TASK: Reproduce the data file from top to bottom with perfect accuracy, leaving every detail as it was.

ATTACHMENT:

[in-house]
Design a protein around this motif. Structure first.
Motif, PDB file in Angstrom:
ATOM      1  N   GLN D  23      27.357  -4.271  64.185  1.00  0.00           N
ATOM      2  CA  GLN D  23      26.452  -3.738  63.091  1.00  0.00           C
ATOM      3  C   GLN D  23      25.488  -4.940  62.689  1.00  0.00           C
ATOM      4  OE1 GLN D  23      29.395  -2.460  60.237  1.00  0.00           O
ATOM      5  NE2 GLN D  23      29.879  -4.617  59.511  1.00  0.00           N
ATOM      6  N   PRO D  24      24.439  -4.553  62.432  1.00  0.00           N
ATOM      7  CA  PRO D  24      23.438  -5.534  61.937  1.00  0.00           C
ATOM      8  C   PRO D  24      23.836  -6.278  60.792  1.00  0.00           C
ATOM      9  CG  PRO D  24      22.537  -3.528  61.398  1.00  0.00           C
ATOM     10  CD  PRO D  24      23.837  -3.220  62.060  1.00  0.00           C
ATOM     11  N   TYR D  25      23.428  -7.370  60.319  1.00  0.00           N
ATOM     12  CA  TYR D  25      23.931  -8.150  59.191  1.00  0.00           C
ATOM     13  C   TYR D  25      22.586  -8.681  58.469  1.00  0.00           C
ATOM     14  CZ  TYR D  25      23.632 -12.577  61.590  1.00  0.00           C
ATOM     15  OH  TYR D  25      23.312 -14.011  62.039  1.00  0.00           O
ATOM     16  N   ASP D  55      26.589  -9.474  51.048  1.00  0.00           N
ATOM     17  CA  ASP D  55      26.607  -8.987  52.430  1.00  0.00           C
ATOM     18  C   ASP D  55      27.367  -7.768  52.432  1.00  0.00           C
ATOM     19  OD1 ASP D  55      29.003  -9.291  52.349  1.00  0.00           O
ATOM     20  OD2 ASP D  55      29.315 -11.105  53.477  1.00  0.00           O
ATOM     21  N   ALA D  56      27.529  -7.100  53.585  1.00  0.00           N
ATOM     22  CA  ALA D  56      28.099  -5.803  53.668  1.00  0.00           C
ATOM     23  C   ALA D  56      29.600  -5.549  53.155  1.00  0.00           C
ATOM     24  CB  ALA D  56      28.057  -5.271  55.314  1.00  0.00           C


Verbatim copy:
[in-house]
Design a protein around this motif. Structure first.
Motif, PDB file in Angstrom:
ATOM      1  N   GLN D  23      27.357  -4.271  64.185  1.00  0.00           N
ATOM      2  CA  GLN D  23      26.452  -3.738  63.091  1.00  0.00           C
ATOM      3  C   GLN D  23      25.488  -4.940  62.689  1.00  0.00           C
ATOM      4  OE1 GLN D  23      29.395  -2.460  60.237  1.00  0.00           O
ATOM      5  NE2 GLN D  23      29.879  -4.617  59.511  1.00  0.00           N
ATOM      6  N   PRO D  24      24.439  -4.553  62.432  1.00  0.00           N
ATOM      7  CA  PRO D  24      23.438  -5.534  61.937  1.00  0.00           C
ATOM      8  C   PRO D  24      23.836  -6.278  60.792  1.00  0.00           C
ATOM      9  CG  PRO D  24      22.537  -3.528  61.398  1.00  0.00           C
ATOM     10  CD  PRO D  24      23.837  -3.220  62.060  1.00  0.00           C
ATOM     11  N   TYR D  25      23.428  -7.370  60.319  1.00  0.00           N
ATOM     12  CA  TYR D  25      23.931  -8.150  59.191  1.00  0.00           C
ATOM     13  C   TYR D  25      22.586  -8.681  58.469  1.00  0.00           C
ATOM     14  CZ  TYR D  25      23.632 -12.577  61.590  1.00  0.00           C
ATOM     15  OH  TYR D  25      23.312 -14.011  62.039  1.00  0.00           O
ATOM     16  N   ASP D  55      26.589  -9.474  51.048  1.00  0.00           N
ATOM     17  CA  ASP D  55      26.607  -8.987  52.430  1.00  0.00           C
ATOM     18  C   ASP D  55      27.367  -7.768  52.432  1.00  0.00           C
ATOM     19  OD1 ASP D  55      29.003  -9.291  52.349  1.00  0.00           O
ATOM     20  OD2 ASP D  55      29.315 -11.105  53.477  1.00  0.00           O
ATOM     21  N   ALA D  56      27.529  -7.100  53.585  1.00  0.00           N
ATOM     22  CA  ALA D  56      28.099  -5.803  53.668  1.00  0.00           C
ATOM     23  C   ALA D  56      29.600  -5.549  53.155  1.00  0.00           C
ATOM     24  CB  ALA D  56      28.057  -5.271  55.314  1.00  0.00           C